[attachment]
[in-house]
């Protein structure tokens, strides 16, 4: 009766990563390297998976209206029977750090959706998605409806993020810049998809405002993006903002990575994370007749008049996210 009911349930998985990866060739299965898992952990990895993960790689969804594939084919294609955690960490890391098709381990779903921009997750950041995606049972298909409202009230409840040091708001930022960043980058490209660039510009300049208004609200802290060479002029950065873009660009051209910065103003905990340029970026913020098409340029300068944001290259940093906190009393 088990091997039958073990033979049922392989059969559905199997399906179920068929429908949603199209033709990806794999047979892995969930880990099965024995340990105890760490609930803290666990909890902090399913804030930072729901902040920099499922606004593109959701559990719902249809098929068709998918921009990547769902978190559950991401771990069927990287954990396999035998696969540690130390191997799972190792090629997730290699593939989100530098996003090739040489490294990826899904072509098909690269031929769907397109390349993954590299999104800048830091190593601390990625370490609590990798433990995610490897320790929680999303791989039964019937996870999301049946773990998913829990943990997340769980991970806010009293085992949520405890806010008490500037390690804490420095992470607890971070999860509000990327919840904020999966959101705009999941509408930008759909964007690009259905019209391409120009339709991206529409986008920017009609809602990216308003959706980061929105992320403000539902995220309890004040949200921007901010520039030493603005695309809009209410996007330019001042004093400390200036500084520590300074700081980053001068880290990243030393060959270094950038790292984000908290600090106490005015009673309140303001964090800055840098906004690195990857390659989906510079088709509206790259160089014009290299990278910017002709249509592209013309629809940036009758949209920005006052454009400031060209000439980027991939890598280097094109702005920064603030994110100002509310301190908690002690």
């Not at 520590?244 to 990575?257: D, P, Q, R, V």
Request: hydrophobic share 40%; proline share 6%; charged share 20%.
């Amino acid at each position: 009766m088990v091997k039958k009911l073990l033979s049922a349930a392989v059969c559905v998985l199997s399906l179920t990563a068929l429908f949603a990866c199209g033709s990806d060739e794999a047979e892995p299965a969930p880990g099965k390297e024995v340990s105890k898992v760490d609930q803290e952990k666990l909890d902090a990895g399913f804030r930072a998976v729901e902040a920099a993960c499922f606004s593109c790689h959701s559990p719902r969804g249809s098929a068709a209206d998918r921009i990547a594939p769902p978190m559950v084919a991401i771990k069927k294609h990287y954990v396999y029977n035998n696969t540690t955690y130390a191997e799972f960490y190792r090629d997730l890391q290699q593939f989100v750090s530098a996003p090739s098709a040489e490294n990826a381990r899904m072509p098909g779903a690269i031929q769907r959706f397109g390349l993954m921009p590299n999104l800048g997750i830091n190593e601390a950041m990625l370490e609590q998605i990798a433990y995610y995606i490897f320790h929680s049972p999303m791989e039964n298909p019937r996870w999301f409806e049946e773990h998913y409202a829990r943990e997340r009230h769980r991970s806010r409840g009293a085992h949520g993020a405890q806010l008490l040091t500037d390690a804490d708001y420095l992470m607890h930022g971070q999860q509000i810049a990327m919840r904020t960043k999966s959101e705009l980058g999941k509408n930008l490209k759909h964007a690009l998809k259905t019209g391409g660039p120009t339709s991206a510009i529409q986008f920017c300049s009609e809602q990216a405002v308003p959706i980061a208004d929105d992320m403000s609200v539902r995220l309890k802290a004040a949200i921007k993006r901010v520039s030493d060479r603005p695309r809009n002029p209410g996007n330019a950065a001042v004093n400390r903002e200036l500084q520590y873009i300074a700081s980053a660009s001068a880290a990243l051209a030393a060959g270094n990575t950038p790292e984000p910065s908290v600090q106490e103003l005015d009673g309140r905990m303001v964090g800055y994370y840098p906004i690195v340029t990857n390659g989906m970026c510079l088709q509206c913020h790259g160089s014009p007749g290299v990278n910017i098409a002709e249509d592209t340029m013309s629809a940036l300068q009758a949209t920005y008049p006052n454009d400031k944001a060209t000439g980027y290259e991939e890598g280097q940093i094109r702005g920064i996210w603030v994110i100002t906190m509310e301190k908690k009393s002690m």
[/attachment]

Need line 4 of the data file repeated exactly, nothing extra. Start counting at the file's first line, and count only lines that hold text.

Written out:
Request: hydrophobic share 40%; proline share 6%; charged share 20%.